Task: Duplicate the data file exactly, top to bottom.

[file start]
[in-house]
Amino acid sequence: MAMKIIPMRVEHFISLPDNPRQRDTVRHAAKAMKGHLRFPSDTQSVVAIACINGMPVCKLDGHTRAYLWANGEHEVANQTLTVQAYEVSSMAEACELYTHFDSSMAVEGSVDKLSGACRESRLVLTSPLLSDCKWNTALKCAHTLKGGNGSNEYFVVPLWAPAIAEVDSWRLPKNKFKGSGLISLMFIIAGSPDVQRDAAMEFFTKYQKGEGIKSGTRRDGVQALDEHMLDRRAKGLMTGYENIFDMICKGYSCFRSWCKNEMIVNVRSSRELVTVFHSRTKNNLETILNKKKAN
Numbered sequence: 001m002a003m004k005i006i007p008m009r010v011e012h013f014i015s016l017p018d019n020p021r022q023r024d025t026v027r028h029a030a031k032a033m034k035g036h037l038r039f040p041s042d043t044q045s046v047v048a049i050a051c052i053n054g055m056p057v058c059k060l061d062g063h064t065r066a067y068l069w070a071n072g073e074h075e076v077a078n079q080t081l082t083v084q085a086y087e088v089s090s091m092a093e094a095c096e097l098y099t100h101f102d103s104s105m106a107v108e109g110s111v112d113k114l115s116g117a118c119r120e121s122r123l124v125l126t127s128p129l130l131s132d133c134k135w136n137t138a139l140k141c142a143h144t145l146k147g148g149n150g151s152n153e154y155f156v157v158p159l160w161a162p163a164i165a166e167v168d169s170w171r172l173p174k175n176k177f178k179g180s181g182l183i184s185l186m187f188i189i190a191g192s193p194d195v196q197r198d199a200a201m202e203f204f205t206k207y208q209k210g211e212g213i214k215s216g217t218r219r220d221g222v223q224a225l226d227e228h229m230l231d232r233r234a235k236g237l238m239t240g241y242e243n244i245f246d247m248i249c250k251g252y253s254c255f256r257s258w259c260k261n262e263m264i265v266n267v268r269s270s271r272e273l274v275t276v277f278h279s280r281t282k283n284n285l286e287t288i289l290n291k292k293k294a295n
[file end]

[in-house]
Amino acid sequence: MAMKIIPMRVEHFISLPDNPRQRDTVRHAAKAMKGHLRFPSDTQSVVAIACINGMPVCKLDGHTRAYLWANGEHEVANQTLTVQAYEVSSMAEACELYTHFDSSMAVEGSVDKLSGACRESRLVLTSPLLSDCKWNTALKCAHTLKGGNGSNEYFVVPLWAPAIAEVDSWRLPKNKFKGSGLISLMFIIAGSPDVQRDAAMEFFTKYQKGEGIKSGTRRDGVQALDEHMLDRRAKGLMTGYENIFDMICKGYSCFRSWCKNEMIVNVRSSRELVTVFHSRTKNNLETILNKKKAN
Numbered sequence: 001m002a003m004k005i006i007p008m009r010v011e012h013f014i015s016l017p018d019n020p021r022q023r024d025t026v027r028h029a030a031k032a033m034k035g036h037l038r039f040p041s042d043t044q045s046v047v048a049i050a051c052i053n054g055m056p057v058c059k060l061d062g063h064t065r066a067y068l069w070a071n072g073e074h075e076v077a078n079q080t081l082t083v084q085a086y087e088v089s090s091m092a093e094a095c096e097l098y099t100h101f102d103s104s105m106a107v108e109g110s111v112d113k114l115s116g117a118c119r120e121s122r123l124v125l126t127s128p129l130l131s132d133c134k135w136n137t138a139l140k141c142a143h144t145l146k147g148g149n150g151s152n153e154y155f156v157v158p159l160w161a162p163a164i165a166e167v168d169s170w171r172l173p174k175n176k177f178k179g180s181g182l183i184s185l186m187f188i189i190a191g192s193p194d195v196q197r198d199a200a201m202e203f204f205t206k207y208q209k210g211e212g213i214k215s216g217t218r219r220d221g222v223q224a225l226d227e228h229m230l231d232r233r234a235k236g237l238m239t240g241y242e243n244i245f246d247m248i249c250k251g252y253s254c255f256r257s258w259c260k261n262e263m264i265v266n267v268r269s270s271r272e273l274v275t276v277f278h279s280r281t282k283n284n285l286e287t288i289l290n291k292k293k294a295n